NEW YORK — Flavia Pennetta knew her opponent's game almost as well as she knows her own.
She came out a winner Wednesday over Roberta Vinci in the most important meeting between the Italians over a friendship and rivalry that has lasted more than 20 years.
Blunting Vinci's net attacks, taking away her deft drop shots and preying on her nerves, Pennetta made it to her first Grand Slam semifinal and climbed back to the top of Italy's competitive tennis ladder Wednesday with a 6-4, 6-1 win at the U.S. Open.
"I know how she plays, she knows everything of me," Pennetta said about her 10th-seeded opponent. "We get in the court, and I think today was more about inside, not about tennis. It was about how you play, how you feel in the court, and how can you handle the situation."
Pennetta will play the winner of Wednesday's later quarterfinal between No. 2 Victoria Azarenka and 48th-ranked Daniela Hantuchova. No. 1 Serena Williams and No. 5 Li Na won Tuesday to secure spots in the other semifinal.
After Pennetta's win, eighth-seeded Richard Gasquet got the first spot in this year's men's semifinals, defeating No. 4 David Ferrer 6-3, 6-1, 4-6, 2-6, 6-3 in a match that ran 3 hours, 23 minutes. Gasquet made his second Grand Slam semifinal, the only other coming at Wimbledon in 2007.
Gasquet came in off a five-set win over Milos Raonic in the fourth round that improved him to 6-12 in five-setters for his career. Ferrer was 19-9. After Ferrer won the third and fourth sets to even the match, he looked like a good bet to finish the comeback.
"He's a big fighter," Gasquet said. "I knew I had to serve well. It's important against a big player like that."
Indeed, Gasquet got 70 percent of his first serves in during the fifth set and saved the only break point against him. He'll face the winner of a later quarterfinal between No. 19 Tommy Robredo and No. 2 Rafael Nadal.
"The last time I beat him, I was 13 years old," Gasquet said about Nadal. "I've beaten him one time in my life."
Indeed, Nadal has won all 10 meetings between the men on the pro circuit.
The women's match marked the ninth meeting between Vinci and Pennetta, who, back in 2009, became the first Italian woman to crack the top 10. But she fell out of the spotlight in her country's tennis scene after the emergence of Vinci and Sara Errani, combined with a wrist injury that sidelined her during the end of last season.
Pennetta came into Flushing Meadows ranked 83rd, but will leave with victories over both of Italy's top players.
After her win over Vinci, the Italians met at the net and hugged. Vinci gave Pennetta a kiss on the cheek and told her, "Brava."
"She's someone who, when she wants something, she wants it all costs, which is the right way to be," Vinci said. "It might seem strange to say it, but it's great when a person gets back to this level after an operation. She deserves to be in the semifinals."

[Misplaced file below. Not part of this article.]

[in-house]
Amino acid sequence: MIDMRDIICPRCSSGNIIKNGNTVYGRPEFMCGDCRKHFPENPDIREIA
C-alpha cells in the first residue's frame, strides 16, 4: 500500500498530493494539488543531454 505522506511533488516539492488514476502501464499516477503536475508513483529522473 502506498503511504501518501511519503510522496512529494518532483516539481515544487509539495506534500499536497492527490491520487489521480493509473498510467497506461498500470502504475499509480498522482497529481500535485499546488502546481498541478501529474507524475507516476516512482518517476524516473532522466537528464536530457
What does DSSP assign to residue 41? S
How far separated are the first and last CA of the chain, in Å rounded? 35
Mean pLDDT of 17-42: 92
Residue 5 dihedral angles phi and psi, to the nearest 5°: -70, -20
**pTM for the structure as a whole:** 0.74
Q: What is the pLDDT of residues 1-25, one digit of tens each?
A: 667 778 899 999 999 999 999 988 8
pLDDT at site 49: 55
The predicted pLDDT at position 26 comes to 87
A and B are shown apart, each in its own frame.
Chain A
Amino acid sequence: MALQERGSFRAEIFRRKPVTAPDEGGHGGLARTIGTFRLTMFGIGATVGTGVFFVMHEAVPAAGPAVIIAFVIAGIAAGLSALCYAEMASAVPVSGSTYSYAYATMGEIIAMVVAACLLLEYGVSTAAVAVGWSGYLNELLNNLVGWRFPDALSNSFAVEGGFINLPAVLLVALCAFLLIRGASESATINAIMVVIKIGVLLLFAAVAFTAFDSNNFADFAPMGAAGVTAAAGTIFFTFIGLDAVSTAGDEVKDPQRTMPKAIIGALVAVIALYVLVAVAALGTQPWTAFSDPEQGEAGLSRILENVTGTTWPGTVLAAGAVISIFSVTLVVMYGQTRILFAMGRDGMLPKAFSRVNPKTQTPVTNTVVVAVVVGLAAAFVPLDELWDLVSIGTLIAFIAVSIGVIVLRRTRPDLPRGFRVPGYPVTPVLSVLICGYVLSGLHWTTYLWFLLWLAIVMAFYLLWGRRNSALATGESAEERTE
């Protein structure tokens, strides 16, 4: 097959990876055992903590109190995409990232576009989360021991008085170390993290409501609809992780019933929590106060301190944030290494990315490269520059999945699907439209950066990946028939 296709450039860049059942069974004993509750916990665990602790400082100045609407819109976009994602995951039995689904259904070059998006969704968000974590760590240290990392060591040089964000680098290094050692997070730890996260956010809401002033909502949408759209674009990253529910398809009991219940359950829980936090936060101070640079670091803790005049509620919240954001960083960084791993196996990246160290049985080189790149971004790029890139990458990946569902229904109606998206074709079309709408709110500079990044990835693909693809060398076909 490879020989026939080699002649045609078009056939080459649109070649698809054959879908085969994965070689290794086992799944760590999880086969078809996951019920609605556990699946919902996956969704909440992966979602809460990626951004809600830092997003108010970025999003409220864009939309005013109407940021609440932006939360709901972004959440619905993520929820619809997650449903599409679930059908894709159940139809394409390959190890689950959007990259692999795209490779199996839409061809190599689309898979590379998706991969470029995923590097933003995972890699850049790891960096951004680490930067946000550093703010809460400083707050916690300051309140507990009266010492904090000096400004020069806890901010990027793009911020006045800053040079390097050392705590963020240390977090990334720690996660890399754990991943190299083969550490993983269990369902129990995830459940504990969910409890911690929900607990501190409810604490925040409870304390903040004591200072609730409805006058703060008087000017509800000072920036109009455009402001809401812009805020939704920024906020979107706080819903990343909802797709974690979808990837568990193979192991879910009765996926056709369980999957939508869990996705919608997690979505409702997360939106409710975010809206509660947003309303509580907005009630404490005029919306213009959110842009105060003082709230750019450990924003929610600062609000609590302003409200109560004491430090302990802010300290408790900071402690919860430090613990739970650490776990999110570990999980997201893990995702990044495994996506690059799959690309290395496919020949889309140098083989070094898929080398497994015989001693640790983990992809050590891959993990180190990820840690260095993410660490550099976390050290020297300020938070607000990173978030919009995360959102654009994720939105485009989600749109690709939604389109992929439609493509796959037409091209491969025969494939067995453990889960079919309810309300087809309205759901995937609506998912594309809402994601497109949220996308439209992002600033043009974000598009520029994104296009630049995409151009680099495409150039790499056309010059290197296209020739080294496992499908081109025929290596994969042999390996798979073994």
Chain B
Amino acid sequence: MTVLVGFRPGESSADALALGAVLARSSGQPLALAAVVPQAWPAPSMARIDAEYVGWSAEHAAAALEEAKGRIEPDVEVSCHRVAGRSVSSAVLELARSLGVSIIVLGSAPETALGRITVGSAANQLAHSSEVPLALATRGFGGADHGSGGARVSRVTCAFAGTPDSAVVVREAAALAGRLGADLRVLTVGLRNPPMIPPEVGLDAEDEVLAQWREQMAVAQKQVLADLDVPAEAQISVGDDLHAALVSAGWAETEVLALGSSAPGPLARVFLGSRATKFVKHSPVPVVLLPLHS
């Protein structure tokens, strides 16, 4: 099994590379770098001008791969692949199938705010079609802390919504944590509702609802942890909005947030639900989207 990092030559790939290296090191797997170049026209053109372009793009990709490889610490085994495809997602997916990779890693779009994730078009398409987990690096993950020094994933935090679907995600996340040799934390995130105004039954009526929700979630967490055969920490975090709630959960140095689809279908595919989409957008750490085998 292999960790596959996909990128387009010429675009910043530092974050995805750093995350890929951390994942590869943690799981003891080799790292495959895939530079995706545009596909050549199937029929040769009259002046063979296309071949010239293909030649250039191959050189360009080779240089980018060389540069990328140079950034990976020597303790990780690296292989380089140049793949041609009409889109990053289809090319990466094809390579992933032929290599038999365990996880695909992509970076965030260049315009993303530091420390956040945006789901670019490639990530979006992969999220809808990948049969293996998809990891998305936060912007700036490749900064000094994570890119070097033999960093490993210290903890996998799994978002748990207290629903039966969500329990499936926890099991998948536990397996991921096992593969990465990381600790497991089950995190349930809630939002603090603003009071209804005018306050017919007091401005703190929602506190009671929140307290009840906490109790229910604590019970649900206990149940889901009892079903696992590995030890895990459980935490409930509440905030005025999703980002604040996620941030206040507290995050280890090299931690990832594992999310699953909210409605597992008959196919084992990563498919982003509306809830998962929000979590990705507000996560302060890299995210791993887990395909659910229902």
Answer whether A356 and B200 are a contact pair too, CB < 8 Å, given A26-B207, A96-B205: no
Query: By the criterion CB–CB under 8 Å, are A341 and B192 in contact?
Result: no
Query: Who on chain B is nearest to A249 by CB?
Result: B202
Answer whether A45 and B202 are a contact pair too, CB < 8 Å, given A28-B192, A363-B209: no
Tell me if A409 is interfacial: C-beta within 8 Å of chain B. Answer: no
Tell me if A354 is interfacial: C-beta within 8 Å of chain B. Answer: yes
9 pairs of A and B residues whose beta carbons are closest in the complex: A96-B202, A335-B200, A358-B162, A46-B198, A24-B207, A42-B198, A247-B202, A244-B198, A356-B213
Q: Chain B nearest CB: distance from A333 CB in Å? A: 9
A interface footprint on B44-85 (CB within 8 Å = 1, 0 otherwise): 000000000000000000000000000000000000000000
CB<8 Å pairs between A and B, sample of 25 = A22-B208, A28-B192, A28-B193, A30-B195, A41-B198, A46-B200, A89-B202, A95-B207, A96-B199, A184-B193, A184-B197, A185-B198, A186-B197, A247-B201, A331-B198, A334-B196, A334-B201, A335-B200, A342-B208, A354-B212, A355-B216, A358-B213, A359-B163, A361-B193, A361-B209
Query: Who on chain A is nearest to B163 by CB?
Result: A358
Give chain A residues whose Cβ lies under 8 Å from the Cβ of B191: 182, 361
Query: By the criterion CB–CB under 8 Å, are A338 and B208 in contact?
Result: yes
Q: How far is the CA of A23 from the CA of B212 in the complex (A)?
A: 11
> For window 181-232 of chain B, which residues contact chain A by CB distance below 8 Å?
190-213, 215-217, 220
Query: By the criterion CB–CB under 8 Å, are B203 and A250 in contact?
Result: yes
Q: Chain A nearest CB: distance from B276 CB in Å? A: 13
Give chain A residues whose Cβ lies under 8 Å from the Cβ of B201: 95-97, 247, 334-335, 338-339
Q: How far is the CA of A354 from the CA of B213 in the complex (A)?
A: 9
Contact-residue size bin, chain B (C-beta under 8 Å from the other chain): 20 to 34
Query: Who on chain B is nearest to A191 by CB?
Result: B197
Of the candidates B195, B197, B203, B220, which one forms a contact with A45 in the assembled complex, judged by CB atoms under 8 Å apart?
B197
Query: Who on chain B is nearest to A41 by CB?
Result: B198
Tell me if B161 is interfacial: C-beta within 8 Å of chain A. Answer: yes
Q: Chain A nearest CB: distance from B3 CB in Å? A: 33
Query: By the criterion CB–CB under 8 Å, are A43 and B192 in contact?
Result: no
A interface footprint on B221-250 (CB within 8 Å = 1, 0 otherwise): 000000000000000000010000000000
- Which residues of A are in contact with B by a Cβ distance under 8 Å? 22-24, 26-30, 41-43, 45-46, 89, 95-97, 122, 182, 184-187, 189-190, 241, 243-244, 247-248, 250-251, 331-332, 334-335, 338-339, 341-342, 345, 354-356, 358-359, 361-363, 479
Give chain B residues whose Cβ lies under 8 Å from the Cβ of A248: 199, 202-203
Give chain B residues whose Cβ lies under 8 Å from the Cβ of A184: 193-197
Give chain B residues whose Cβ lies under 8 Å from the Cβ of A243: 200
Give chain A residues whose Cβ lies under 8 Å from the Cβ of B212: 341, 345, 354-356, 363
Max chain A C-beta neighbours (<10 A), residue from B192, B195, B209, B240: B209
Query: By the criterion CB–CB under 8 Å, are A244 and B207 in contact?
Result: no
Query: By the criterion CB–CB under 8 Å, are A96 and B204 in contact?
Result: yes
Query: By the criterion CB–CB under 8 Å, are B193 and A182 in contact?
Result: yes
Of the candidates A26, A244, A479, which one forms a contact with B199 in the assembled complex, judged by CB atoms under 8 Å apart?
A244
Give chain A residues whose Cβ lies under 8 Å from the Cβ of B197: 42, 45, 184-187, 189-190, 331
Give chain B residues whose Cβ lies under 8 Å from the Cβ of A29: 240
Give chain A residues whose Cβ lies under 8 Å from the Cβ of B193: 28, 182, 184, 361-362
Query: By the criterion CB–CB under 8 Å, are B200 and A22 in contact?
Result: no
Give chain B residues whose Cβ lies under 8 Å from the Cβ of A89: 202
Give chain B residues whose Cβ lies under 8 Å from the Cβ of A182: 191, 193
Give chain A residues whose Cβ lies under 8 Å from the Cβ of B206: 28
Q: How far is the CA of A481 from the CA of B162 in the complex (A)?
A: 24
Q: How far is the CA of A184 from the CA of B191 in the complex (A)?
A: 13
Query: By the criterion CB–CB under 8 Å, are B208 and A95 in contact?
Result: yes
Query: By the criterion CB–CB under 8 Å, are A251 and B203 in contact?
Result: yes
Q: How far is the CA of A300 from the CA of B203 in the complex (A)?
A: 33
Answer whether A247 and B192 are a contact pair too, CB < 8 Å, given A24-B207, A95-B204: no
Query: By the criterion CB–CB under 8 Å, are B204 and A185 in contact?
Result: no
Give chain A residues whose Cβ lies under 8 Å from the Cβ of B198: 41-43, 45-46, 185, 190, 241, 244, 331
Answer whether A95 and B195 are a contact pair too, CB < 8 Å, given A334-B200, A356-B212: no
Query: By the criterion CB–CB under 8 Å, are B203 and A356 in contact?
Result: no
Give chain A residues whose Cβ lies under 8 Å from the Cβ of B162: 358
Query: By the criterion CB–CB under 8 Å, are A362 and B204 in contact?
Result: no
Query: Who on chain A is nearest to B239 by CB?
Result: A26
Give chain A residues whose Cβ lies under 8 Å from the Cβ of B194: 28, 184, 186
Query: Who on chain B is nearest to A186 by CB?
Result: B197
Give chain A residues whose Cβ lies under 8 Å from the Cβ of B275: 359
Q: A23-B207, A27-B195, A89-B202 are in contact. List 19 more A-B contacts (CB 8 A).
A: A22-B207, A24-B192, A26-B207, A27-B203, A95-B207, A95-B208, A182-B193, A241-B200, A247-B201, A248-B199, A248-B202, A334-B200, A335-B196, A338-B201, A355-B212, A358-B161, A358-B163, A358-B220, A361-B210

Unlike most women in this era of baseline tennis, Vinci attacked the net 34 times. But she won only 18 of those points. She finished with 14 winners and 28 unforced errors. Trailing 5-4 in the first, Vinci saved a pair of set points and had two chances to break, but couldn't convert either. Vinci attacked the net on the last two points of the set, but Pennetta hit shots Vinci couldn't handle both times to close things out.
The second set took only 24 minutes.
Vinci said her style is, well, her style, and it has served her well through a career that brought her into the top 15 for the first time this summer.
"Yes, of course I have a different kind of tennis," she said. "This is my key. Sometimes it helps me, sometimes not. Depends, of course, the opponent."
In this case, the opponent knew what to expect. No big surprise considering they've known each other since they were juniors, have played on Italian Fed Cup teams together and have even played doubles together on the tour. After completing the win that gave her a 5-4 edge in the series against Vinci, Pennetta spoke with reverence about her friend.
"She's Roberta, and she's the only one," Pennetta said.
Vinci acknowledged that, yes, there were nerves, but not necessarily because of the person on the other side of the net. This was Vinci's third straight match against an Italian foe.
"By now, I'm used to playing (them). It's not like this was the first," she said. "There's always pressure. Even if Williams was on the other side, there would have been the same amount of tennis. It didn't have the sort of effect you might think."
This was Pennetta's fourth straight win over a seeded opponent — a stretch that began with a 6-3, 6-1 win over fourth-seeded Errani and also included a victory over No. 27 Svetlana Kuznetsova, the 2004 U.S. Open champion.
"I play good tennis with Sara, with Kuznetsova," Pennetta said. "Every day, much better and better."
Pennetta hasn't lost a set en route to the final four of the year's last major.
Pennetta is 31, while Hantuchova and Vinci are both 30 — part of a group of five thirty-somethings to reach the quarterfinals this year, matching the most in the Open era of Grand Slam tennis.
"It's good to stay physical, in a good way, and play this good tennis at this age, of course," Pennetta said. "I'm proud of (myself) now. I'm 31, and physically, I feel good finally. I'm in the first semifinal in Grand Slam. There is nothing to say more."